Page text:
A Week or So
I have had fine week-or-so. A very fine week-or-so indeed. I spent much of Halloween night with my son, knocking door-to-door in our eerily suburban neighbourhood. The streets were almost shoulder-to-shoulder with squirming humans — kids, grownups in tow. We are relatively new to the neighbourhood and everywhere else we have lived in town, Halloween has been deadly sparse. Now I realize why; all of the kids come to the ‘burbs — to our street, specifically. There were hundreds of clamouring ones — little and large. We were two among the herd.
Shortly after arriving home I said goodnight to my sugar-crashed family and climbed into the Waxmobile. I zoomed to North Bay for a performance at The Raven and Republic. I had pre-arranged for a late arrival because I wanted to complete my family time. After having missed my Son’s third birthday party (we actually rescheduled it for my sake) in order to accommodate my time in Whitehorse recording with the Headless Owl/You’ve Changed crew, I have decided that I absolutely don’t want to leave my kids with memories of my absence on important days. It is and will be evermore a fine balance to strike, because touring means leaving home from time to time; sometimes it means bringing my loved ones along to festivals and such on ‘working vacations’; it’s all part of the game. Part of my game, at least. I can’t seem to properly compartmentalize my love for my family and my need for creative employment. Love haunts me when I’m away and grows stronger the further I go. Music haunts me equally when I am home. I suppose it would be simplest if I could sign-on to a more sedentary profession, but I have learned time and again that I am at my most capable, in work and in love, when I am running bossless — when no one wants me murdered for my misdoings, nor I them for theirs. The drive to North Bay was rainy, but I didn’t need to speed (much) or be otherwise (very) reckless during my commute. I arrived in plenty of time to set up and hammer down this sinister night.
The Halloween party in N. Bay was the first in my most recent series of shows with my pal BA Johnston. Our mutual friend Ryan Problems organized and opened the event with his charmingly frantic folk songs. I enjoyed playing for a costumed crowd. As a closet introvert, I felt this took some of the pressure and attention off of me.
The next morning, BA and I met in Sudbury to leave his Previa in a Value Villiage parking lot. We carpooled from that point in my Civic. Touring with BA is consistently fun. We have similar views on the state of Canadian music so our conversations always devolve into bizarrely uplifting complain-a-thons. We part ways each more stubbornly resolved in our respective life choices, brimming with clever new ideas.
We arrived in the Soo in the early evening to a lavish firework display over St. Mary’s River, adjacent to the Station Mall. Apparently it was “Mall Day”, so this — by all appearances — single conglomerate of successful businesses in an otherwise nearly barren scene, decided, collectively, to celebrate their dominance and blow off some excess profits in a show of military might. But it sorta felt like a welcoming party for us, so I’m not complaining. Our show at Cafe Natura was populated by a very attentive and appreciative crowd, reminding me why I love this town: people listen carefully. We stayed with our kind and thoughful friend Debbie, who I met through Jamie — a guitar maker, vidiographer and all-round whiz-bang fellow. These days Jamie is working on a compelling interactive graphic novel thing. He asked me to contribute some music and voice work. I’m happy to do so. I’ll let you know how it goes.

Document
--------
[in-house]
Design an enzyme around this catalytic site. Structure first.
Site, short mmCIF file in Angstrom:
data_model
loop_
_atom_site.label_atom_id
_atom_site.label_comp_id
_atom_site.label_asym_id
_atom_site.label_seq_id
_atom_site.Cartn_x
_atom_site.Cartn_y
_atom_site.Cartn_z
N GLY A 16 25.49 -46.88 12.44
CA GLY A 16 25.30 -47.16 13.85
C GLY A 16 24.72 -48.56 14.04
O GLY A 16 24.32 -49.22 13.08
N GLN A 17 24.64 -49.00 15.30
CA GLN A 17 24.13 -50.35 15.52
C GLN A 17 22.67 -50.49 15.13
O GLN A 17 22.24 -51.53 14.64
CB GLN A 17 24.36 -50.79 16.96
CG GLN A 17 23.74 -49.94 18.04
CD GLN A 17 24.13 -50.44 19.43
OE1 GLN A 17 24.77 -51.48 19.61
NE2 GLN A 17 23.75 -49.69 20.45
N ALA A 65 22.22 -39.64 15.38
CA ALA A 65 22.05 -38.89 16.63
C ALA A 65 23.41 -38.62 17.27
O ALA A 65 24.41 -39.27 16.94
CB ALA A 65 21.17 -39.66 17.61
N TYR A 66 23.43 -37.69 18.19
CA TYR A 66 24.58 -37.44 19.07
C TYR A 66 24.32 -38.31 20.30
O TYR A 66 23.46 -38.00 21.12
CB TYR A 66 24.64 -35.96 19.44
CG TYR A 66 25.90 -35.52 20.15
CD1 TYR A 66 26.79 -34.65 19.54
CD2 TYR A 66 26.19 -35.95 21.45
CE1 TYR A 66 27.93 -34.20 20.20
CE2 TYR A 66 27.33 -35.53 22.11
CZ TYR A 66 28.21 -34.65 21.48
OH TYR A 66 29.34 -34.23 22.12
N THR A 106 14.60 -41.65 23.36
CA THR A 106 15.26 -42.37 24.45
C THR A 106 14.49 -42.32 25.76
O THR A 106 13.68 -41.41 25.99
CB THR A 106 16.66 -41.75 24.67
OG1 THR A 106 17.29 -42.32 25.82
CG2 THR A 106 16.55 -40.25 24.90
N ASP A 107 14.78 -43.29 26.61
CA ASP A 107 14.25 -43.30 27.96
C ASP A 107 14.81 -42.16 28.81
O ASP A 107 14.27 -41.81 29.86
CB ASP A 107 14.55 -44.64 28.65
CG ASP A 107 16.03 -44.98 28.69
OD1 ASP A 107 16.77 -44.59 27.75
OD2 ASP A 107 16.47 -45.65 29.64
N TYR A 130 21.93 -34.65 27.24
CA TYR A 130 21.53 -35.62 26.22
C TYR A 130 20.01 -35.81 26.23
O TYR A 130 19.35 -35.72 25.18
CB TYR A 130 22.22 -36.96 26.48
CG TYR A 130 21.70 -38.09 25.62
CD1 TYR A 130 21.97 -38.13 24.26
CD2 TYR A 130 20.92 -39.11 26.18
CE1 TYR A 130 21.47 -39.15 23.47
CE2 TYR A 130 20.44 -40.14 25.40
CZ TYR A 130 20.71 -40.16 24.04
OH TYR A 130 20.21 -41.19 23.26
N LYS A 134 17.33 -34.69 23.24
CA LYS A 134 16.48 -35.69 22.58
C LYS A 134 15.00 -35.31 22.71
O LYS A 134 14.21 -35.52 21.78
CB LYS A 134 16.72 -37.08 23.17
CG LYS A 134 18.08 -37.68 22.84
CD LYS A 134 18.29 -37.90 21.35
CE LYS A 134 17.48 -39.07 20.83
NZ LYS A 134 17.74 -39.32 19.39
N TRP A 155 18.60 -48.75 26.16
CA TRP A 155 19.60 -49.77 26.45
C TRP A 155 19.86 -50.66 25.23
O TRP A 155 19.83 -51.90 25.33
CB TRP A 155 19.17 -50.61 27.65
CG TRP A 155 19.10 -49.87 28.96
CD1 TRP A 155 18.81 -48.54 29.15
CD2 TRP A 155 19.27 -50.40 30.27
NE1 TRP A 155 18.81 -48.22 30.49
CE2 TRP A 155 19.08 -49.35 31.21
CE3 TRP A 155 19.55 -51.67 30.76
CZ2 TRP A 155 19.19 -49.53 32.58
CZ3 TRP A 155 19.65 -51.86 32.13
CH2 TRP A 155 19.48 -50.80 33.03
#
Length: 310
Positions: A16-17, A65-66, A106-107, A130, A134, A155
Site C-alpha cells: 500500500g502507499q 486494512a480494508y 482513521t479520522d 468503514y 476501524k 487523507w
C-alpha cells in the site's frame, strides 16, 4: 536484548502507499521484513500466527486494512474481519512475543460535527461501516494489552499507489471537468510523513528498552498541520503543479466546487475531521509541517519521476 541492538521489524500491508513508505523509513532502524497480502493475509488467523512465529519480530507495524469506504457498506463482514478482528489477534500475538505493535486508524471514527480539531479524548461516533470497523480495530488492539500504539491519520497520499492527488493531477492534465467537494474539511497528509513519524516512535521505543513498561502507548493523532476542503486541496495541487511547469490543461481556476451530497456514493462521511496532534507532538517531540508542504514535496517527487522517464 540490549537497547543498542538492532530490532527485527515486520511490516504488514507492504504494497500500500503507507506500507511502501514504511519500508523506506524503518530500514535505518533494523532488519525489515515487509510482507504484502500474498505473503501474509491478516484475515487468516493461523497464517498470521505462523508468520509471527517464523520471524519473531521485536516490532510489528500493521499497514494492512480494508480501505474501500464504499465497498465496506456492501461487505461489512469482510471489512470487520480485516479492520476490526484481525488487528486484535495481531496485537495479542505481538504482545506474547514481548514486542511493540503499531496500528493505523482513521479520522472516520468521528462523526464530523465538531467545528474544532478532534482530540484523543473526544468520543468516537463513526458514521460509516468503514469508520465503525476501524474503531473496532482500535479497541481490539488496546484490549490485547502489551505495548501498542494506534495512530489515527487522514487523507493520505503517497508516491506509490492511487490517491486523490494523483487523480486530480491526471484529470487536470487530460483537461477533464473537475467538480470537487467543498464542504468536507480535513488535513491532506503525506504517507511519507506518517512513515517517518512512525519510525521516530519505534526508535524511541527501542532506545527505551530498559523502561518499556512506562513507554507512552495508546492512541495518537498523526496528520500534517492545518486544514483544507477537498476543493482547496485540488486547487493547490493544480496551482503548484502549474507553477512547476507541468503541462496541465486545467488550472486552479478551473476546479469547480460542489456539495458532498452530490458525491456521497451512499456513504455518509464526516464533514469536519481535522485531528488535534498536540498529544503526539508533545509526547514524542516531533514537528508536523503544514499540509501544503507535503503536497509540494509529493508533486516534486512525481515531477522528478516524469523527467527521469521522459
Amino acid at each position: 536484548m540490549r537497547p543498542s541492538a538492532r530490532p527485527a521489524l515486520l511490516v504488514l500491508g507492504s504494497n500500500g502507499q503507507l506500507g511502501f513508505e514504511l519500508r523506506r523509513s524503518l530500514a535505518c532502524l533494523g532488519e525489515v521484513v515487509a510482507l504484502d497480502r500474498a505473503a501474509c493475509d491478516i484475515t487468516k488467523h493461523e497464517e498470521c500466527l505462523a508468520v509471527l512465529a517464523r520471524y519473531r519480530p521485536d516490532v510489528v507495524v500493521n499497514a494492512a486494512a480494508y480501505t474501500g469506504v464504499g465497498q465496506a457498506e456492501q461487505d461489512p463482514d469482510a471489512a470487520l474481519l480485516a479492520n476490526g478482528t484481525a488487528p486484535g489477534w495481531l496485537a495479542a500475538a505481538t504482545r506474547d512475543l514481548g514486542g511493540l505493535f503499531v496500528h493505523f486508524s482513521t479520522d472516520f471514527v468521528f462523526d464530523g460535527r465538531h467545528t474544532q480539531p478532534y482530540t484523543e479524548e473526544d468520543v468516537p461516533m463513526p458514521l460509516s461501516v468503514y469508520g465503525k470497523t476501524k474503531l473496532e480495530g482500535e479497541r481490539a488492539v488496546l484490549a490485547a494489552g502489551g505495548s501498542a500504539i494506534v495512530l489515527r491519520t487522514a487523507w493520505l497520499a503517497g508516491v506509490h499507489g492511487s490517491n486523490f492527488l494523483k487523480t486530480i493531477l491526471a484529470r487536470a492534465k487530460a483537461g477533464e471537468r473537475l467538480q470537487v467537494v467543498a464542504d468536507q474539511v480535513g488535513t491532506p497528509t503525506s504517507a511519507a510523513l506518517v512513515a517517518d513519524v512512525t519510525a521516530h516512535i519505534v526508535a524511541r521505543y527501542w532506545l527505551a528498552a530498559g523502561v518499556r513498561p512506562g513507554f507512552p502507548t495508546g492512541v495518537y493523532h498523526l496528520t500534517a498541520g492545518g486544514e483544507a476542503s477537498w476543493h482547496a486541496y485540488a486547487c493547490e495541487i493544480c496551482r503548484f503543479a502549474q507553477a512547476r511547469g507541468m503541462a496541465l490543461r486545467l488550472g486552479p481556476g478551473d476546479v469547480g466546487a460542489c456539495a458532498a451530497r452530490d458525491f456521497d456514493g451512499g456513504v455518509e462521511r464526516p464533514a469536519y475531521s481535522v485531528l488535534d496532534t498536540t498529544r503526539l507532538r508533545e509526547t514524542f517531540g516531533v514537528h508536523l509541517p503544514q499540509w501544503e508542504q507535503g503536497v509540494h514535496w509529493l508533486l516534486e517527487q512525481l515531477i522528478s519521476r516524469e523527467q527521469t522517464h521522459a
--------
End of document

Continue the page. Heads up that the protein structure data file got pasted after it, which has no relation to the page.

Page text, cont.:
The next night at the Townehouse in Sudbury — a Saturday — was suitably off-the-rails. Luke the sound technician was working the board. This is a fine, fine thing, because he likes it Loud through the shining new pa speakers. The Townehouse has undergone a series of improvements over the past couple of years. I have mixed feelings about this because it has traditionally been one of the most legendary dives in the country. But the perfect, pulsing, trashy heart of this club can never be entirely plastered over. I brought out all of the regalia on this night. I have stopped asking if it’s alright for me to use my candle on stage, on the off-chance a club says no. Fortunately at the Townehouse there are few preconditions, and I haven’t burnt down any place yet (touch wood). Absurdly, they seemed a bit concerned about the sparklers that my assistant for the night (the singer from Silvergun & Spleen) handed out to the crowd during my set.
I turned in late but woke early, loaded my car and drove home in the frost and white sun. The drive was smooth at that hour. I arrived home in time to have Sunday brunch with my boy and to give H. some needed downtime.
Since Halloween weekend I have been writing and organizing future performances (I have a bunch coming up in Ontario + Montreal and I am starting to plan an east coast thing with friends Construction & Destruction. It’s been too long). I have also been recording plenty of new music. Setting up a bare bones porta-studio in my home has been a lifesaver in this busy time. My friend Geoff Berner was in town this recent weekend and we have begun work on what will become a collaborative, recorded something-or-other. I’m excited about this because Geoff is a songwriter of the highest calibre. I’ll write a bit more about this and other projects in a week-or-so as the mixes come together. It’s exhilarating to be busy when the pieces start fitting.
Did you know…
1. You can follow me on twitter: http://www.twitter.com/Wax_Mannequin
2. You can buy my records for dirt cheap from my friends at www.zunior.com
3. And I am always trying to keep my list of impending performances up-to-date at http://www.waxmannequin.com